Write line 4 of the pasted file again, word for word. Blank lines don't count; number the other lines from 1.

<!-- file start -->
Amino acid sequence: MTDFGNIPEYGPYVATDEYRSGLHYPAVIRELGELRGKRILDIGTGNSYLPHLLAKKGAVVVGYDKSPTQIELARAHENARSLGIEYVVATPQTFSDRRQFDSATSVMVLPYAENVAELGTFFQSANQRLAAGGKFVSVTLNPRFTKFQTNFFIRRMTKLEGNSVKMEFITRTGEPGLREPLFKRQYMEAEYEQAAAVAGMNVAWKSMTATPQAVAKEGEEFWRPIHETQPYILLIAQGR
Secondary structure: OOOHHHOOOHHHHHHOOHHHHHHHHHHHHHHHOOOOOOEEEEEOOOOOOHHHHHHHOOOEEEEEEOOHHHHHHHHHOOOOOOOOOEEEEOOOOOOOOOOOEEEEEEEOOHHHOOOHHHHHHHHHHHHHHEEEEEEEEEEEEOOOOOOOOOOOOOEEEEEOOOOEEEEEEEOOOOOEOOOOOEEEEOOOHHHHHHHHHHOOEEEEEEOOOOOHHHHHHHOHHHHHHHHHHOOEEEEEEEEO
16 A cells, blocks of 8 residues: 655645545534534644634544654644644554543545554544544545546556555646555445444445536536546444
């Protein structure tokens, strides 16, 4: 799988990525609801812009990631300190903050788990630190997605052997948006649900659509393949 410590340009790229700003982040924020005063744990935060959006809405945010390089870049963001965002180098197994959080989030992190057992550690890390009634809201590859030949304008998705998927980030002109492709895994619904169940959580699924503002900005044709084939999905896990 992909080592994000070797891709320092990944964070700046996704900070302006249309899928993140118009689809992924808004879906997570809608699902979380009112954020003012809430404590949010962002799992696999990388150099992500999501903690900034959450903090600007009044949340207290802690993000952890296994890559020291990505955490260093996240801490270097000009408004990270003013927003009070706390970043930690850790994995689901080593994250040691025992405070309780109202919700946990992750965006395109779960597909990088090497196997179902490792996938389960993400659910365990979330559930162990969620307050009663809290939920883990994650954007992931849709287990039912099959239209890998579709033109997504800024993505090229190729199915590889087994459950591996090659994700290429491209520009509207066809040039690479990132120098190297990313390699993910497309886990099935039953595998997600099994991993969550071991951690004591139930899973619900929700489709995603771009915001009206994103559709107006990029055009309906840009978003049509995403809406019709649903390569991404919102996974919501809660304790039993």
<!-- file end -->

């Protein structure tokens, strides 16, 4: 799988990525609801812009990631300190903050788990630190997605052997948006649900659509393949 410590340009790229700003982040924020005063744990935060959006809405945010390089870049963001965002180098197994959080989030992190057992550690890390009634809201590859030949304008998705998927980030002109492709895994619904169940959580699924503002900005044709084939999905896990 992909080592994000070797891709320092990944964070700046996704900070302006249309899928993140118009689809992924808004879906997570809608699902979380009112954020003012809430404590949010962002799992696999990388150099992500999501903690900034959450903090600007009044949340207290802690993000952890296994890559020291990505955490260093996240801490270097000009408004990270003013927003009070706390970043930690850790994995689901080593994250040691025992405070309780109202919700946990992750965006395109779960597909990088090497196997179902490792996938389960993400659910365990979330559930162990969620307050009663809290939920883990994650954007992931849709287990039912099959239209890998579709033109997504800024993505090229190729199915590889087994459950591996090659994700290429491209520009509207066809040039690479990132120098190297990313390699993910497309886990099935039953595998997600099994991993969550071991951690004591139930899973619900929700489709995603771009915001009206994103559709107006990029055009309906840009978003049509995403809406019709649903390569991404919102996974919501809660304790039993």